Difference between identity and equality

While learning SwiftUI, I noticed how strongly the framework relies on the Equatable protocol in a way that is not at all obvious to me. Understanding what was the matter, I discovered that I had previously misunderstood Equatable. It turns out I've always misunderstood the equality and the value identity. It seems to me that this confusion is partly caused by value programming, and sometimes it is difficult to understand whether two values ​​are equal or identical, and if they are identical, are they equal? For example, if we take 5 and 5, are we talking about two fives or one? I was once answered on the forum that if we conform a structure to the Hashable protocol , then this conformation should follow from the equality of the values, that is, if two values are equal, then they should have the same hash. That is, first we conform to the Equatable protocol, and then Hashable, and in that order and not vice versa. I have a more philosophical question. Is it semantically correct if two values ​​have different equality, but the same hash, to use values ​​of this type in sets?

struct Ship: Equatable, Hashable {
    let name: String
    let cargo: Int
    static func == (lhs: Ship, rhs: Ship) -> Bool {
        lhs.cargo == rhs.cargo
    func hash(into hasher: inout Hasher) {

In general yes, that's fine. You'll get some odd behaviours and poor performance, but nothing much else is wrong.

However, your example is not acceptable. The short rule here is that if two objects are equal (that is, if x == y is true) then they must have the same hash. However, two objects may have the same hash but be non-equal. This is not true above, at least not by the definition of the type: it's entirely possible for two equal objects to have different hash values.

More broadly, to your question of identity, I will say this: a key identifier that a type is a value type is that it does not have identity. Your discussion of 5 reveals this perfectly. It does not make any sense to talk about the difference between one 5 and another 5 in Swift: there is no observable difference. In that sense, Int is a value type: the only thing that matters is its value, not its identity.

Types have identity in cases where it is possible to identify specifically which object we're talking about. Classes are an easy one here: they have identity by virtue of their memory location, which is unchanging. We can therefore easily talk about which instance of a class we mean by referring to its pointer location.

As a general rule, if a type has both identity and defined equality then a value that is identical to another must be equal to it. Put another way, a == a must be true.


In addition to what @lukasa said: Your implementation will quickly lead to a runtime crash:

var set = Set<Ship>()
set.insert(Ship(name: "A", cargo: 1))
set.insert(Ship(name: "B", cargo: 1))
Fatal error: Duplicate elements of type 'Ship' were found in a Set.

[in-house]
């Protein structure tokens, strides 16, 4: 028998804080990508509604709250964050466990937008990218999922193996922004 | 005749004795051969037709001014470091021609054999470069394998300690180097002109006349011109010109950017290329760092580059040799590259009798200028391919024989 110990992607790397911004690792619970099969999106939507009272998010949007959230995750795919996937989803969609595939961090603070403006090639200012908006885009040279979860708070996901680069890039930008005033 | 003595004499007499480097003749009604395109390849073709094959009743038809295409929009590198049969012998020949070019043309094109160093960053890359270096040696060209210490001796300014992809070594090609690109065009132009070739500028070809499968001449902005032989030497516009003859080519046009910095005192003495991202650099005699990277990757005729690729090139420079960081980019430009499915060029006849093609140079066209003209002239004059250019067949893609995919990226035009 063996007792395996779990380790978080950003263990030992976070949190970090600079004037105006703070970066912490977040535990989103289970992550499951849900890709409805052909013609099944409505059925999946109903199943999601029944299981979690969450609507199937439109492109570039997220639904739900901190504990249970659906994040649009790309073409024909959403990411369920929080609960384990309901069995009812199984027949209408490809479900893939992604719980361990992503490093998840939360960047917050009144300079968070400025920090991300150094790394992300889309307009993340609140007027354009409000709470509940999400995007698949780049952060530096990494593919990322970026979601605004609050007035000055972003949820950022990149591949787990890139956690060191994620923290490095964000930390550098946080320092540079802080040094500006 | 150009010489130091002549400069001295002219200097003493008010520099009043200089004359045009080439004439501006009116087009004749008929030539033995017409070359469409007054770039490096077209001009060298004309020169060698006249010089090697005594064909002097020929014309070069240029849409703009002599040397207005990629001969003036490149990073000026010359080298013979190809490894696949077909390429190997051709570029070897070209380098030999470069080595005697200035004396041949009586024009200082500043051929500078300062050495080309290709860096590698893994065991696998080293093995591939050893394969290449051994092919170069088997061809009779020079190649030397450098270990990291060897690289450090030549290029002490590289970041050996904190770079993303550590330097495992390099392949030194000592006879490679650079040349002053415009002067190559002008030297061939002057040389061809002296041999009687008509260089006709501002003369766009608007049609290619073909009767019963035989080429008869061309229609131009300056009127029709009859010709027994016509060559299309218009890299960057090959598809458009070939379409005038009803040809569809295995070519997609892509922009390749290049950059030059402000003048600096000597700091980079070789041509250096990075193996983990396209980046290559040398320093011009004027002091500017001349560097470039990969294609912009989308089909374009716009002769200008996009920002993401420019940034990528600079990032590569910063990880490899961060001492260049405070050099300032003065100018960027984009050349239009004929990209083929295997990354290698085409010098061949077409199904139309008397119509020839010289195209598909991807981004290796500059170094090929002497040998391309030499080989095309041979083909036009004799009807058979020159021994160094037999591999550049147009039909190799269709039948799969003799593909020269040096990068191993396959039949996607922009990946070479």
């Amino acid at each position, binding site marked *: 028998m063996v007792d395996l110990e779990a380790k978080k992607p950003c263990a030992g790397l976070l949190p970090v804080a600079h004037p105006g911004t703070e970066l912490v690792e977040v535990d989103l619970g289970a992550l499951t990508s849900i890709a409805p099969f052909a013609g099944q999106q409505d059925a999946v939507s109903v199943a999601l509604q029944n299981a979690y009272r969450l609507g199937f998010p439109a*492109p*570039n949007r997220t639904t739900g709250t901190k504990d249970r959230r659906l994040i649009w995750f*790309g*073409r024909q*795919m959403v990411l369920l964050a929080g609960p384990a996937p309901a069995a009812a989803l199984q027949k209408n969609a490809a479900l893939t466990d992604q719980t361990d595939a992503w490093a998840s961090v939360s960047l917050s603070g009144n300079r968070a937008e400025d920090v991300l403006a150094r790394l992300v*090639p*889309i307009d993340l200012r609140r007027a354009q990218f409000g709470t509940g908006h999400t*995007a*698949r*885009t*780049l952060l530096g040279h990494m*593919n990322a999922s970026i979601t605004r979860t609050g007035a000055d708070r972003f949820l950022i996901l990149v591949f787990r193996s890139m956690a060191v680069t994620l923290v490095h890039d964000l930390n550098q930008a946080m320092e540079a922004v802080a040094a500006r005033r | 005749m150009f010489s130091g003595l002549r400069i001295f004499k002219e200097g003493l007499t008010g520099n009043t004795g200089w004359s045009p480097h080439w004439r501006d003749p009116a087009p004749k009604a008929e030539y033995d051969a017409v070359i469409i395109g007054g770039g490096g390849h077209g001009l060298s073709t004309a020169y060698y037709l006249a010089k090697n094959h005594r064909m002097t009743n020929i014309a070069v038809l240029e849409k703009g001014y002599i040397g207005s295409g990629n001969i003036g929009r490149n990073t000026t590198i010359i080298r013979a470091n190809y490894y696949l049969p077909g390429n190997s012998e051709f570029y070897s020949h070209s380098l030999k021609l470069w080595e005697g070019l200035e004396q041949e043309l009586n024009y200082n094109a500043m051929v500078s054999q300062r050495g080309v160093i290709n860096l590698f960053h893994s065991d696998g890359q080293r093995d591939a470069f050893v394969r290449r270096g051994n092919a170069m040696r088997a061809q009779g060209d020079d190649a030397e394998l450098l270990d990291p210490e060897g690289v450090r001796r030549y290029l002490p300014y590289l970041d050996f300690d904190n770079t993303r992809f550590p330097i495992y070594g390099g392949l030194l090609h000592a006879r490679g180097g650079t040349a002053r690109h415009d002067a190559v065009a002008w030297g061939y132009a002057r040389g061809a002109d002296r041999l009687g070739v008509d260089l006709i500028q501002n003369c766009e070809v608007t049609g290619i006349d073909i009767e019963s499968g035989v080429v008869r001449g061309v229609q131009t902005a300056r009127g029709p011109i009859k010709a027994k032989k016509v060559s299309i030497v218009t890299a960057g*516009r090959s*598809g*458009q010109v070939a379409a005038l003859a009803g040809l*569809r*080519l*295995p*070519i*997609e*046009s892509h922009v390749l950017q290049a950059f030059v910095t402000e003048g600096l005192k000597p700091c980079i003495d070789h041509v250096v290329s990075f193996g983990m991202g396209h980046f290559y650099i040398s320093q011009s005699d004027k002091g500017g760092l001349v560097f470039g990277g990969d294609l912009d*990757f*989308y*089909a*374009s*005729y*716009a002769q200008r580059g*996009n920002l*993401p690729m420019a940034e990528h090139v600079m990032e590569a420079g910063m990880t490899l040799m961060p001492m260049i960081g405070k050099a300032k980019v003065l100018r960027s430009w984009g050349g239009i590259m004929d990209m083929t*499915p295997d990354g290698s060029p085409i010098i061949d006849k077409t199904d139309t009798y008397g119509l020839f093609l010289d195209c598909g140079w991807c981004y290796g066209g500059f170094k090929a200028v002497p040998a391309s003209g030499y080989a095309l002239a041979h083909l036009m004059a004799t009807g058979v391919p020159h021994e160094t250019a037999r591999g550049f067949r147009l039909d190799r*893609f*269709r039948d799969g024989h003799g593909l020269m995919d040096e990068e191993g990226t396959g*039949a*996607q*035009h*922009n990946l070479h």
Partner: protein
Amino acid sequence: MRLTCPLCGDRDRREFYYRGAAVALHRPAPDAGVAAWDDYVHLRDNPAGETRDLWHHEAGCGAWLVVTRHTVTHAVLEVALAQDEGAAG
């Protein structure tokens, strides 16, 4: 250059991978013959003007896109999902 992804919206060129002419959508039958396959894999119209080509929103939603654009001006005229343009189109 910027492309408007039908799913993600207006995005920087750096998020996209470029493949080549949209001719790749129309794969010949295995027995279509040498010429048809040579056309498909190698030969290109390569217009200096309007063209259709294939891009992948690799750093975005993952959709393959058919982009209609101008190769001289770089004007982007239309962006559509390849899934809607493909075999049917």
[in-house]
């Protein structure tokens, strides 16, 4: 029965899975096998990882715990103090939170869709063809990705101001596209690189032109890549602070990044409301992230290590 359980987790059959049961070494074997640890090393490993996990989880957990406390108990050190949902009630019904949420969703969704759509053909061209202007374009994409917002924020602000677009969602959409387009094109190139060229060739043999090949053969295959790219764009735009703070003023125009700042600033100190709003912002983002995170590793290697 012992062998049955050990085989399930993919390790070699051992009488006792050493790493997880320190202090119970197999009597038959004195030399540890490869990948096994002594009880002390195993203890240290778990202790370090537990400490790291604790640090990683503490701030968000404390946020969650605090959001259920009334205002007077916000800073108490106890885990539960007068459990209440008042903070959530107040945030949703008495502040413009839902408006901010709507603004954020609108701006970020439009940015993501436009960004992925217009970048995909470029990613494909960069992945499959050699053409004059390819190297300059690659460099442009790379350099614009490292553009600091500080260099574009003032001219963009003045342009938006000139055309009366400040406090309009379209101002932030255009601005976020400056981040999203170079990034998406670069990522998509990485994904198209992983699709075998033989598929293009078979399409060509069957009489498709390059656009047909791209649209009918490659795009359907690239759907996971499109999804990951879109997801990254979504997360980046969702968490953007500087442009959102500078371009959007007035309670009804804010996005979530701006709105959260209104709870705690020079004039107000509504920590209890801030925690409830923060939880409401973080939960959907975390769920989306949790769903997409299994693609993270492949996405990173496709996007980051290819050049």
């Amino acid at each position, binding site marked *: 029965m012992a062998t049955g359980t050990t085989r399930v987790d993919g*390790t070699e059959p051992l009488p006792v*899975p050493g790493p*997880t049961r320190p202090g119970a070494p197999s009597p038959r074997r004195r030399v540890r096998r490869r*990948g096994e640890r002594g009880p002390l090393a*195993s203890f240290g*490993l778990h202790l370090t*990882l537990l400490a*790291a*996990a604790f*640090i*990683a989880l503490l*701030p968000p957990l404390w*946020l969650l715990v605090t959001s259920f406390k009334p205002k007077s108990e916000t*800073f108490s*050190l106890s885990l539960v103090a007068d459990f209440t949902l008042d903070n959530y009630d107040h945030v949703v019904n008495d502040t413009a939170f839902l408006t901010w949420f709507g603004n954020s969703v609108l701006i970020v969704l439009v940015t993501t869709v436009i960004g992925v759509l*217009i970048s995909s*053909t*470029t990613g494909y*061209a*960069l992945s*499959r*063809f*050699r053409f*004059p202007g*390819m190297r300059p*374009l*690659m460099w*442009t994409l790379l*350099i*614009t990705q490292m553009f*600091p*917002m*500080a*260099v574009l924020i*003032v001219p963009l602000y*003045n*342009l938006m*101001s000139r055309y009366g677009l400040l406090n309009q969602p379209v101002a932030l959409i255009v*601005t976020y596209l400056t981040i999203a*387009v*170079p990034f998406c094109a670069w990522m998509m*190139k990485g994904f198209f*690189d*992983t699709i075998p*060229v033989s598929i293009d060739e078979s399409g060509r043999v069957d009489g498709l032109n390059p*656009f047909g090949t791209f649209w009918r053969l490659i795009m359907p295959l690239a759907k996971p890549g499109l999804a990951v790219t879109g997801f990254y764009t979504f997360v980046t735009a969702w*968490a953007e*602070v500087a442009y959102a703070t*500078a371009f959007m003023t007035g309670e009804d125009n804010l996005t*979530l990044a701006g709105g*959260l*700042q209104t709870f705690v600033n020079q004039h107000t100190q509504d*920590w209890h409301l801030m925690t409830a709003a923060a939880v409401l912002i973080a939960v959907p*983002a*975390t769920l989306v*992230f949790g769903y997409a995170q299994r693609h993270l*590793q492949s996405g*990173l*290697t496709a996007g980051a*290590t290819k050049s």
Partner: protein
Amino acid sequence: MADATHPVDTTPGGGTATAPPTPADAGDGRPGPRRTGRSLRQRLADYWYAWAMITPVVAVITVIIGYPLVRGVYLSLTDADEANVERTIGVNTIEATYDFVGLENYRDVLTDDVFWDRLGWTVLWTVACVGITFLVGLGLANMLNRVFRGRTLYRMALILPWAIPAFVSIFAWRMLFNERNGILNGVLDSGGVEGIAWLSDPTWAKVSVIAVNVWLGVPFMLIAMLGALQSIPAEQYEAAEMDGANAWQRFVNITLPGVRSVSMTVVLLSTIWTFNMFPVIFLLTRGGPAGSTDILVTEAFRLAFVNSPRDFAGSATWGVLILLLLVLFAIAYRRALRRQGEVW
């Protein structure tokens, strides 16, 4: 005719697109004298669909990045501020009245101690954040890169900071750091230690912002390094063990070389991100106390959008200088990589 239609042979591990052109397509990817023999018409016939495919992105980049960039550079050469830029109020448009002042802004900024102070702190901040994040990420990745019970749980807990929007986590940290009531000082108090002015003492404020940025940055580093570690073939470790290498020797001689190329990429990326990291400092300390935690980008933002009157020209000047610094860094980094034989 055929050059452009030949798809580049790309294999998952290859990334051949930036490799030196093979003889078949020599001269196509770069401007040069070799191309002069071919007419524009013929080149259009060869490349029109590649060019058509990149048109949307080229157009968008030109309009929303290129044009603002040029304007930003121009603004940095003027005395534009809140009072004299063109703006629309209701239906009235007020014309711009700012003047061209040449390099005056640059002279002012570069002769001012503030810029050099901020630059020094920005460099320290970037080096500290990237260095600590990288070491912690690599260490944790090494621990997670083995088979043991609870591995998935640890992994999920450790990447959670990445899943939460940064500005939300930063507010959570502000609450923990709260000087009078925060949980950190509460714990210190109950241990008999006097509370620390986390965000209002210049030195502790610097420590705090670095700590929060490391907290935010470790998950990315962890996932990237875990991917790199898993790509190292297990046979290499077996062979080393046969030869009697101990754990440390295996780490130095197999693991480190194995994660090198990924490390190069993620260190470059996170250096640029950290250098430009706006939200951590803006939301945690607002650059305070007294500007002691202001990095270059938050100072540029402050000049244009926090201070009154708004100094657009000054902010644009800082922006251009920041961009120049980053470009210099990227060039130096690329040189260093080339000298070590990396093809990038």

This usually means either that the type violates Hashable's requirements, or
that members of such a set were mutated after insertion.

(Due to the hash randomization that program might not always crash, you may need to run it multiple times to reproduce the problem.)


Interesting! Running this in a playground I get 1 of 3 different results on each run:

  1. Insertion succeeds.
  2. Insertion fails without error.
  3. Insertion fails with fatal error.

I would expect it to be consistent, and I don't understand what you mean by hash randomization. Does Set do certain checks only when the hash value has some property (e.g. it's negative, or an even number...), and if so, why?

Since Swift 4.2, the standard hash function uses a per-execution random seed, so that generated hash values are be different in each execution of a Swift program. See swift-evolution/0206-hashable-enhancements.md at main · apple/swift-evolution · GitHub for the details.


I can see in the playground that the hash values are different on each run, but I don't see why that should affect how Set handles these violations. I read the link but that didn't clear it up for me. Maybe I'm just being dense, but I assume it's something more fundamental with hashing, like the "dispersion quality"? Or the "open addressing with linear probing", which, I'll be honest, I have no idea what that means. Anyway, if the hashing is done right it's nothing to worry about, right?

Correct. There is no guaranteed behavior when the Hashable conformance is broken, not even a guaranteed way that Set will behave weirdly.


This will necessarily happen for any type larger than the size of the hash key, because of the pigeonhole principle. It is unavoidable. There's nothing wrong with it.

This, however, is not that, and is a serious logic error:

Specifically, while it's OK (and unavoidable) for two unequal values to have the same hash, it is a violation of the protocol semantics for two values that compare equal to have different hashes. In the example you give, two Ships with the same cargo but different names will be in this situation, and it will result in undefined behavior when using generic algorithms bound to Hashable.